By Cella Liopis-Jepsen at The Topeka Capital-Journal
A lawsuit against The University of Kansas brought by a student expelled in connection with the alleged harassment of his ex-girlfriend is drawing attention from civil liberties groups and Kansas State University, who have submitted briefs to the court questioning KU’s arguments.
Navid Yeasin turned to the courts last year after KU kicked him out mid-semester in the fall of 2013 and banned him from KU property.
The university had warned him against harassing a fellow student, including making references to her on social media.
KU’s warnings came after a series of incidents that included Yeasin allegedly detaining his ex-girlfriend in a car — off campus — for hours against her will, during which time he took her cellphone from her and yelled at her.
That episode led to Yeasin’s arrest on criminal restraint and battery charges, and a court ordering him not to have contact with the woman. KU says in its court filings that Yeasin also had threatened the woman with violence and that he would commit suicide if she left him.
The university initiated its own investigation into Yeasin when the woman filed a sexual harassment complaint there reporting his conduct. The school directed Yeasin not to have contact with her, directly or indirectly, and when he tweeted demeaning messages that apparently targeted her, the school warned him again. The school says he didn’t desist and was therefore expelled.
Yeasin sued, arguing KU had violated his right to free speech, and that neither the car incident nor his tweeting took place on KU property.
He won in Douglas County District Court last December, but KU appealed and the case is now pending at the Kansas Court of Appeals, with oral arguments scheduled for this month.
But KU’s appeal has prompted K-State, the ACLU of Kansas, the D.C.-based Student Press Law Center (which specializes in free speech and education law), and the Philadelphia-based civil liberties group Foundation for Individual Rights in Education to submit arguments countering KU’s.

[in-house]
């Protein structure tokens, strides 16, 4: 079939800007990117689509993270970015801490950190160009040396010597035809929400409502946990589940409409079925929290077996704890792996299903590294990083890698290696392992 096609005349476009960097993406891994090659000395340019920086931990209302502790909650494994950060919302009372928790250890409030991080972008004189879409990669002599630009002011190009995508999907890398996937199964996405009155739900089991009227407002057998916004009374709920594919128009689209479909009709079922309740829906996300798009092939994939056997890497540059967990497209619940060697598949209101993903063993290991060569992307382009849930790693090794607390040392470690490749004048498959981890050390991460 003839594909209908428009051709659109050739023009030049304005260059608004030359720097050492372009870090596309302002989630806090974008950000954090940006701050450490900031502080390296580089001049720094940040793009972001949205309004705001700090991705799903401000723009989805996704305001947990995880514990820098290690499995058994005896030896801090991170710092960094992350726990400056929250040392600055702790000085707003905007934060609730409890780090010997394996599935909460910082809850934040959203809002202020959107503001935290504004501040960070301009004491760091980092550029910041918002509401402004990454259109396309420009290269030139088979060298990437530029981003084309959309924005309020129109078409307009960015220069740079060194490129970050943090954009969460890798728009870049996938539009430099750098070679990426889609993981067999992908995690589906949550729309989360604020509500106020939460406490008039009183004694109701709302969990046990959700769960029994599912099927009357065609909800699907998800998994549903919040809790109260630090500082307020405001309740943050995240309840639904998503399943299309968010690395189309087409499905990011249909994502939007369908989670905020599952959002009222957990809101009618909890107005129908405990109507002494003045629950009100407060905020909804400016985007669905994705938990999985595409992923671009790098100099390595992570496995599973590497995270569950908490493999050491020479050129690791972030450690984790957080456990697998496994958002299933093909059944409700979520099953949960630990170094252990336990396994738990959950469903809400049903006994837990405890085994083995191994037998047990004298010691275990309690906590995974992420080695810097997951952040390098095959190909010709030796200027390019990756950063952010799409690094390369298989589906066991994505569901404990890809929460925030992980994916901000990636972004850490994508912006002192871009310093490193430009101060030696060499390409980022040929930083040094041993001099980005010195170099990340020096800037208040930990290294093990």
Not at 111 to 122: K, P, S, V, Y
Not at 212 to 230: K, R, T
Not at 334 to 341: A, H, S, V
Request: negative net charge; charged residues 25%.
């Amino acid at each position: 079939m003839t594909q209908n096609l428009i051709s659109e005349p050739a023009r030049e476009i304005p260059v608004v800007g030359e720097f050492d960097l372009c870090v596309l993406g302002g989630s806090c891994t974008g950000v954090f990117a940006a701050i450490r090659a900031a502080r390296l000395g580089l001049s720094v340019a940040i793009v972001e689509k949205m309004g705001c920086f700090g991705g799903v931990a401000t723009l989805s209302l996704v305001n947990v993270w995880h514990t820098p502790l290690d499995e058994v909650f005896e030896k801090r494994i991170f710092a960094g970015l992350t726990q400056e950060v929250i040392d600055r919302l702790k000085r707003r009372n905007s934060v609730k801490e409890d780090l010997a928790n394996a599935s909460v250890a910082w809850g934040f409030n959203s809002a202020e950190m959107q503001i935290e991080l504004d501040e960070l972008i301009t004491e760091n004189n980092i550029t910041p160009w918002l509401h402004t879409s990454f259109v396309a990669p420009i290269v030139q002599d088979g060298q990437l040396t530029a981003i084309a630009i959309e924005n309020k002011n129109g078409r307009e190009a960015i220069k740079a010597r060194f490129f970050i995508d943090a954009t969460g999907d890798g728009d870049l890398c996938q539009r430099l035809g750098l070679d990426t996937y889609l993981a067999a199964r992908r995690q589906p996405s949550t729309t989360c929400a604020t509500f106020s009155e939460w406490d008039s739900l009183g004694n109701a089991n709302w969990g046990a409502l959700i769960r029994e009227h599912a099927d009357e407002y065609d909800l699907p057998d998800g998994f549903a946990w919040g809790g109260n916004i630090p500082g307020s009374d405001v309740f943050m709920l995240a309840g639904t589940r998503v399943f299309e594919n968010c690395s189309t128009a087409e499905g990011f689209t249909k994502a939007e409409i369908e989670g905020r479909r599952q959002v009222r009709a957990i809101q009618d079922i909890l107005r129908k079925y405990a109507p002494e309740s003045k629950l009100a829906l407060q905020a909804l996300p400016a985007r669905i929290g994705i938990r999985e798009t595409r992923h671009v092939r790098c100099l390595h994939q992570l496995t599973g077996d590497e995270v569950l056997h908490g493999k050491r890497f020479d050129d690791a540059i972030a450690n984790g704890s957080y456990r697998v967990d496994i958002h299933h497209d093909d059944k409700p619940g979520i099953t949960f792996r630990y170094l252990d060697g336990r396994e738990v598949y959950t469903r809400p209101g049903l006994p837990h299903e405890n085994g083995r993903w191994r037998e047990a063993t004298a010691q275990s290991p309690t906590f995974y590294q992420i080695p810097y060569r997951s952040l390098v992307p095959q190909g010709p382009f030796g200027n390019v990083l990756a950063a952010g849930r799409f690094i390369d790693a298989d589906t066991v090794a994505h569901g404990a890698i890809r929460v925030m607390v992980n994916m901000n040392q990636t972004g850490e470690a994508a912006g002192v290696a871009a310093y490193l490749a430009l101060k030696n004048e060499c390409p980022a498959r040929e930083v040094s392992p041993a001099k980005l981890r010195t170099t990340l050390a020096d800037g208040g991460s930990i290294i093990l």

“KU absolutely overstepped the bounds of its authority to regulate student speech,” says Doug Bonney, executive director of the ACLU of Kansas.
In its amicus brief, the ACLU says Yeasin posted tweets about his ex-girlfriend that were “sophomoric and unflattering,” or even “tasteless, offensive, and hateful.”
But, it adds, “they still fell well within the broad protections of the First Amendment’s Speech Clause.”
The ACLU rejects KU’s argument that Yeasin’s tweets were threats, saying the posts didn’t suggest violence or mention his ex-girlfriend by name. The tweets also weren’t directed at her using her Twitter username.
KU responded to the ACLU in a separate filing last month, arguing the tweets constituted threats because they were part of a pattern of abuse.
The school also argues that it wasn’t punishing Yeasin’s speech, but rather his behavior — namely, ongoing harassment and retaliation against a female student — and that courts have already established that the First Amendment has limits.
“No one has an absolute right to free speech,” the filing says. “Yeasin’s conduct involved sexual harassment, including physical violence, and retaliation against Ms. W., including threats to harm her physically and to disparage her and damage her reputation.”
This behavior, KU asserts, violated university policies and the federal law against discrimination in education, Title IX.
The reference to Title IX concerned K-State, the Student Press Law Center and the Foundation for Individual Rights in Education.
K-State argues KU is misinterpreting the law, since Yeasin appears to have sent the tweets while off-campus.
“Title IX does not mandate that KU must sanction students for off-campus conduct,” K-State’s filing says.
The filing says K-State doesn’t condone sexual violence, but it argues federal law doesn’t assign responsibility to schools for incidents off campus.
KU, however, points to Title IX guidance issued by the U.S. Department of Education over the years, including that schools should work to protect victims of off-campus assaults if they face continued harassment or retaliation at school.
The Student Press Law Center and Foundation for Individual Rights in Education, meanwhile, warned in a joint filing against what they described as an increasingly common phenomenon of schools implementing Title IX in such a way that violates free speech.
The brief describes a “widespread abuse of harassment policies under the banner of Title IX.”
“While this case ostensibly is about one student’s remarks about his former girlfriend on social media,” the filing cautions, “the principles at issue have the potential to apply far more broadly and to speakers on matters of greater public concern.”